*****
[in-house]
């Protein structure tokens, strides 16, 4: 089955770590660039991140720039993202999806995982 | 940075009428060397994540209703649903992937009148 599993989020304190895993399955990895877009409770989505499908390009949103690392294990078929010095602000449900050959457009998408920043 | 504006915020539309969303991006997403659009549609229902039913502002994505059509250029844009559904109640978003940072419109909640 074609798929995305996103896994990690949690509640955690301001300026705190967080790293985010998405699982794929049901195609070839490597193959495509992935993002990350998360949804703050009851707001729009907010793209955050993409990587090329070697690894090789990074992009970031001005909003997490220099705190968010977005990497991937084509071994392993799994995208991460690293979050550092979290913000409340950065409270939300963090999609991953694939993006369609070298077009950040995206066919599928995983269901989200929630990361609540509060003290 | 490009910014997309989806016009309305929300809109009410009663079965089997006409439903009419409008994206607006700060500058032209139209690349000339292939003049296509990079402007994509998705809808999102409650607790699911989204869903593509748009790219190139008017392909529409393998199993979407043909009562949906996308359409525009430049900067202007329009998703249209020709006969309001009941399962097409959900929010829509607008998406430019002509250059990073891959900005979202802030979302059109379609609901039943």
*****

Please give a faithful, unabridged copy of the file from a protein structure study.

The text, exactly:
[in-house]
């Protein structure tokens, strides 16, 4: 089955770590660039991140720039993202999806995982 | 940075009428060397994540209703649903992937009148 599993989020304190895993399955990895877009409770989505499908390009949103690392294990078929010095602000449900050959457009998408920043 | 504006915020539309969303991006997403659009549609229902039913502002994505059509250029844009559904109640978003940072419109909640 074609798929995305996103896994990690949690509640955690301001300026705190967080790293985010998405699982794929049901195609070839490597193959495509992935993002990350998360949804703050009851707001729009907010793209955050993409990587090329070697690894090789990074992009970031001005909003997490220099705190968010977005990497991937084509071994392993799994995208991460690293979050550092979290913000409340950065409270939300963090999609991953694939993006369609070298077009950040995206066919599928995983269901989200929630990361609540509060003290 | 490009910014997309989806016009309305929300809109009410009663079965089997006409439903009419409008994206607006700060500058032209139209690349000339292939003049296509990079402007994509998705809808999102409650607790699911989204869903593509748009790219190139008017392909529409393998199993979407043909009562949906996308359409525009430049900067202007329009998703249209020709006969309001009941399962097409959900929010829509607008998406430019002509250059990073891959900005979202802030979302059109379609609901039943």